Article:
So, pausing, what is the answer? Scrap all of it? Probably a good idea. I’m all for revolution, but in my 30 years of teaching plus 6 years of retirement and still angry as hell at the system/s, I don’t think the profession as a whole has the stomach for this. It could have the collective strength, but it doesn’t use this. Shameful really.

Therefore, I have argued consistently on this blog that we should focus our attention and attack on what can be demolished. SATs, especially SPaG in English [these are blatantly ridiculous], could be stopped, as events this year – much of it simply government incompetence – have shown. And that attack should be based entirely on the educational arguments. Leave the elements of stress caused to students [and teachers] and other unacceptable consequences to the broader public and profession to argue.

Back to GCSEs. So do we get rid of these? OK, I’m up for that. I’ll probably mark them only one more year before my paper – the last I think – goes online. And replace with what?

The obvious answer would be teacher assessment, and at GCSE presumably coursework. However, that route has been heavily compromised by the technology that can aid plagiarism – and very clearly has [probably because of the relentless pressure to succeed] – so this isn’t really an option, and controlled assessments, which began in earnest after I left teaching, proved very unpopular and also problematic for many reasons. And even coursework suffered the pass/fail dichotomy because the C grade pivot still existed.

Teacher assessment then would have to be on all kinds of in-class and somehow supervised tasks with detailed written commentaries from teachers – avoiding all grading, numerical or alphabetical – that relate knowingly to and as a celebration of the attributes demonstrated, with even perhaps [this is very tentative] recommendations to their usefulness/application and so on.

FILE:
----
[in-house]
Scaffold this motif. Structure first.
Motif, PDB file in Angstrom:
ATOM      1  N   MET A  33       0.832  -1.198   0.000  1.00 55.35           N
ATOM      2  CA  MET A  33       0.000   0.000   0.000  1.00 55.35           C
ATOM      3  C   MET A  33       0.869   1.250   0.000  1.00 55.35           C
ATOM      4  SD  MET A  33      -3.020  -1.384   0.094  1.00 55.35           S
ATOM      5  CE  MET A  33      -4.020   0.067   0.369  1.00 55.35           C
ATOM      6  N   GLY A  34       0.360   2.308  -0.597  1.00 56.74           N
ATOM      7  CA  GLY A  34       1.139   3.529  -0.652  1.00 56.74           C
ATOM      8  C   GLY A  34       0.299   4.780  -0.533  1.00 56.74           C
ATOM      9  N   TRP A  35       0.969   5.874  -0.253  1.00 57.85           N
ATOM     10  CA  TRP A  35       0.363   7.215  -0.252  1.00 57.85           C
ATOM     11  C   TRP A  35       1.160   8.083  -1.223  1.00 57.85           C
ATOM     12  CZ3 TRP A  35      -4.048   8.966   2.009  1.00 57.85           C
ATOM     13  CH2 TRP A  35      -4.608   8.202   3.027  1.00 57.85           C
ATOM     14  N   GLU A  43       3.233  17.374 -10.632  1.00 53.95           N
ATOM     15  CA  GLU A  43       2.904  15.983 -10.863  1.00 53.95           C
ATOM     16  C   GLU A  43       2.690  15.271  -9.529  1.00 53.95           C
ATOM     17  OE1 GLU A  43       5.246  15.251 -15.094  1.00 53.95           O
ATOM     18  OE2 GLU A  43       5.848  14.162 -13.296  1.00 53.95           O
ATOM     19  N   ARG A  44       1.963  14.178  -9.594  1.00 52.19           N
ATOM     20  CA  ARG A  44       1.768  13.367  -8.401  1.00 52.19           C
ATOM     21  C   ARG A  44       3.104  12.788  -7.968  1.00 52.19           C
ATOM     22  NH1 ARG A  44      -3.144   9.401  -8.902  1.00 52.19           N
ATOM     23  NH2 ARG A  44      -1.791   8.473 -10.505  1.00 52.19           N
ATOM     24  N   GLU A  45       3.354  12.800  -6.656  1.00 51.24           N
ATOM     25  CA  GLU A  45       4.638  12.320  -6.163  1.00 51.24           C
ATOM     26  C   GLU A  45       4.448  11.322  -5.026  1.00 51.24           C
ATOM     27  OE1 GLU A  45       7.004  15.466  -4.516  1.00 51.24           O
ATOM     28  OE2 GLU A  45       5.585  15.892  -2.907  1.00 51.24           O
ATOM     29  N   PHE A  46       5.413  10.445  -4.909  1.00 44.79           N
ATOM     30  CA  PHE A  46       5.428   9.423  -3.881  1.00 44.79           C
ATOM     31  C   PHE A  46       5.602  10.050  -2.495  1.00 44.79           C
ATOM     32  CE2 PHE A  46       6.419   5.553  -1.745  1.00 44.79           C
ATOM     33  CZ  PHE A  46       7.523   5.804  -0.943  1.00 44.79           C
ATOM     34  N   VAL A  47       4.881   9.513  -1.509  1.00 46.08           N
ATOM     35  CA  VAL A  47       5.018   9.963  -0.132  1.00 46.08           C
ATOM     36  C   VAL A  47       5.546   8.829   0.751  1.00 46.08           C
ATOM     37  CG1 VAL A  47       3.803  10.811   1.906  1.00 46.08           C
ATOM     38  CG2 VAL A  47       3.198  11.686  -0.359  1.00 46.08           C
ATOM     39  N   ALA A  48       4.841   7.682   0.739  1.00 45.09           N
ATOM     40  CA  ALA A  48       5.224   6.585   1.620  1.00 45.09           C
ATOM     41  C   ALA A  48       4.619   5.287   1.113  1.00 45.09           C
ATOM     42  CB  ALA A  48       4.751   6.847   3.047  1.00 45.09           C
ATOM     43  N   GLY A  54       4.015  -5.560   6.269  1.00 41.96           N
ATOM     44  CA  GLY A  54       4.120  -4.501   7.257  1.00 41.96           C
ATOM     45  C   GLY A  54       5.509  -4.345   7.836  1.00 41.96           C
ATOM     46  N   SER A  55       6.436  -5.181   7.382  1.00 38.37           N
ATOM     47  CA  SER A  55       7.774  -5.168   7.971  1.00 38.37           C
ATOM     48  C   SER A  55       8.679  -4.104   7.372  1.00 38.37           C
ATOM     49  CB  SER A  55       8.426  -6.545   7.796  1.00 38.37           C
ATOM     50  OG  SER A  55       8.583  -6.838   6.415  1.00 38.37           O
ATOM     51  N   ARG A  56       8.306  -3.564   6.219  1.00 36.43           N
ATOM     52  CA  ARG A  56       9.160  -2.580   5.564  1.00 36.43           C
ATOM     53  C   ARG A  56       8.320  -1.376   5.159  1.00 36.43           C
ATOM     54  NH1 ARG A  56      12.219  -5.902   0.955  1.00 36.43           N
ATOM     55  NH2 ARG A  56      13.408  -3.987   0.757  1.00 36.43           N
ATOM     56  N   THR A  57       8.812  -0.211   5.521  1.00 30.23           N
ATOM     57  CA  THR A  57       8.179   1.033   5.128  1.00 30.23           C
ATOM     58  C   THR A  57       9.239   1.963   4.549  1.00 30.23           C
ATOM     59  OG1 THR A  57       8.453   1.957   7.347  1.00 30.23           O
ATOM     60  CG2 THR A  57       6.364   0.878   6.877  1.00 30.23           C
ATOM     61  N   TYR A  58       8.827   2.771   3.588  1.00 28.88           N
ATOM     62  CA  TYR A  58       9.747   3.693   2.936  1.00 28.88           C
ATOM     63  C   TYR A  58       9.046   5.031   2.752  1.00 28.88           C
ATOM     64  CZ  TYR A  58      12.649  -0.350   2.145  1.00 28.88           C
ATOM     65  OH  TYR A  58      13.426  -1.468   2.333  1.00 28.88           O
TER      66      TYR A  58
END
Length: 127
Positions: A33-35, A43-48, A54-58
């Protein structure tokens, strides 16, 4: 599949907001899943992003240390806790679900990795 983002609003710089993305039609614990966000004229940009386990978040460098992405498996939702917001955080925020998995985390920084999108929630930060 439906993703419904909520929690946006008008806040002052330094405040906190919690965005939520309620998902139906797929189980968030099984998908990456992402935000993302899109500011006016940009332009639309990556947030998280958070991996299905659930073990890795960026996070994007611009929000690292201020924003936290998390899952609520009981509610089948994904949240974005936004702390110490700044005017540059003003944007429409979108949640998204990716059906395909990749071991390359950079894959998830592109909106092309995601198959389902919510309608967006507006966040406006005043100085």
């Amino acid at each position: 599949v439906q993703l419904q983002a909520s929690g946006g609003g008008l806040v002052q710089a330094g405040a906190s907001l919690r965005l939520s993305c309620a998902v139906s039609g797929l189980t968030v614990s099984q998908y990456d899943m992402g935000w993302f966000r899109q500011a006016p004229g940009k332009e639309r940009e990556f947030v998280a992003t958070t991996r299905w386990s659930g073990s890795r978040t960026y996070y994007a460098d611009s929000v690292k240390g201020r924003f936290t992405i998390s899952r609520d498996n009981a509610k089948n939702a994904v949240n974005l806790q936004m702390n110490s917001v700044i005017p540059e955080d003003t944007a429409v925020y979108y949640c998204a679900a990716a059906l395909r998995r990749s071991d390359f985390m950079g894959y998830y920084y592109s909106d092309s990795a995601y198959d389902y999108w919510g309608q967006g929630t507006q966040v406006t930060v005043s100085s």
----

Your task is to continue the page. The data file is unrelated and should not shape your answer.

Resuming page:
Bugger. That would be tough. I’m up for it though. It would require the most colossal, sustained and committed in-service training on a regular national scale, and there are existing models of such good practice historically from trial marking and attendant consortium meetings, as well as examination face-to-face standardising meetings. Costly? No cost would be too big to produce a system that worked for all students. Likely?

So, as someone [as I have written recently] diminished as a Head of English by a target culture that meant I and my school failed to meet both KS3 [in the past] and GCSE targets, reinforced by the philistinism of an Inspection system, and even that of a local advisory service, I am not going to be a complete champion of the GCSE system as it exists, but I do work in it now and do the best I can. And I hate the sound of that ‘the best I can’ because it can seems so pathetically noble, but I see and use it much more pragmatically, and with eyes wide open – and very often mouth shouting – and think for now it has to do.

Unless you’ll join the revolution. Teachers don’t even join unions let alone unions join unions, so I’m not holding my breath. Let’s beat the shit out of SATs. If we do that, we can assess how ready our gathering is for further conquest.


2 thoughts on “The Failures of the English Examination System

  1. Pingback: Further on the Failures of the English Examination System | mikeandenglish

  2. Pingback: The Last of ‘Of Mice and Men’ | mikeandenglish